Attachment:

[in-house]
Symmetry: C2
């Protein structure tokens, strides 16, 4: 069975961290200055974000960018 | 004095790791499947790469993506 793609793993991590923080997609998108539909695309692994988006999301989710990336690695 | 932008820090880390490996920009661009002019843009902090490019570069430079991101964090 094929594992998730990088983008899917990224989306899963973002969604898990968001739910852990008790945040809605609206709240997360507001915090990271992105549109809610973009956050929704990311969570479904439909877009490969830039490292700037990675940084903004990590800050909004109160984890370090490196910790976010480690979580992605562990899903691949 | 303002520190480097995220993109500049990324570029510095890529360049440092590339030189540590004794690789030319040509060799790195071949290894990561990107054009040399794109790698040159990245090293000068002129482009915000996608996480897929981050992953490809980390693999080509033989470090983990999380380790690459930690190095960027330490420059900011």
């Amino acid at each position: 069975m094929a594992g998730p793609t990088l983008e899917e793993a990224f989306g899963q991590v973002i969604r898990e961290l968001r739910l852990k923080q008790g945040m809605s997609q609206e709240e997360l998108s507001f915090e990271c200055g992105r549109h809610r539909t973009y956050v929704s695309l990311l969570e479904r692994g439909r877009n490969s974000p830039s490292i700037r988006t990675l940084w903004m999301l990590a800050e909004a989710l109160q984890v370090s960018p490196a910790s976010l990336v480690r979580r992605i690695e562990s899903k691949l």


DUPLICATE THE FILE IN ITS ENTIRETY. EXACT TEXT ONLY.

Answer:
[in-house]
Symmetry: C2
């Protein structure tokens, strides 16, 4: 069975961290200055974000960018 | 004095790791499947790469993506 793609793993991590923080997609998108539909695309692994988006999301989710990336690695 | 932008820090880390490996920009661009002019843009902090490019570069430079991101964090 094929594992998730990088983008899917990224989306899963973002969604898990968001739910852990008790945040809605609206709240997360507001915090990271992105549109809610973009956050929704990311969570479904439909877009490969830039490292700037990675940084903004990590800050909004109160984890370090490196910790976010480690979580992605562990899903691949 | 303002520190480097995220993109500049990324570029510095890529360049440092590339030189540590004794690789030319040509060799790195071949290894990561990107054009040399794109790698040159990245090293000068002129482009915000996608996480897929981050992953490809980390693999080509033989470090983990999380380790690459930690190095960027330490420059900011």
């Amino acid at each position: 069975m094929a594992g998730p793609t990088l983008e899917e793993a990224f989306g899963q991590v973002i969604r898990e961290l968001r739910l852990k923080q008790g945040m809605s997609q609206e709240e997360l998108s507001f915090e990271c200055g992105r549109h809610r539909t973009y956050v929704s695309l990311l969570e479904r692994g439909r877009n490969s974000p830039s490292i700037r988006t990675l940084w903004m999301l990590a800050e909004a989710l109160q984890v370090s960018p490196a910790s976010l990336v480690r979580r992605i690695e562990s899903k691949l």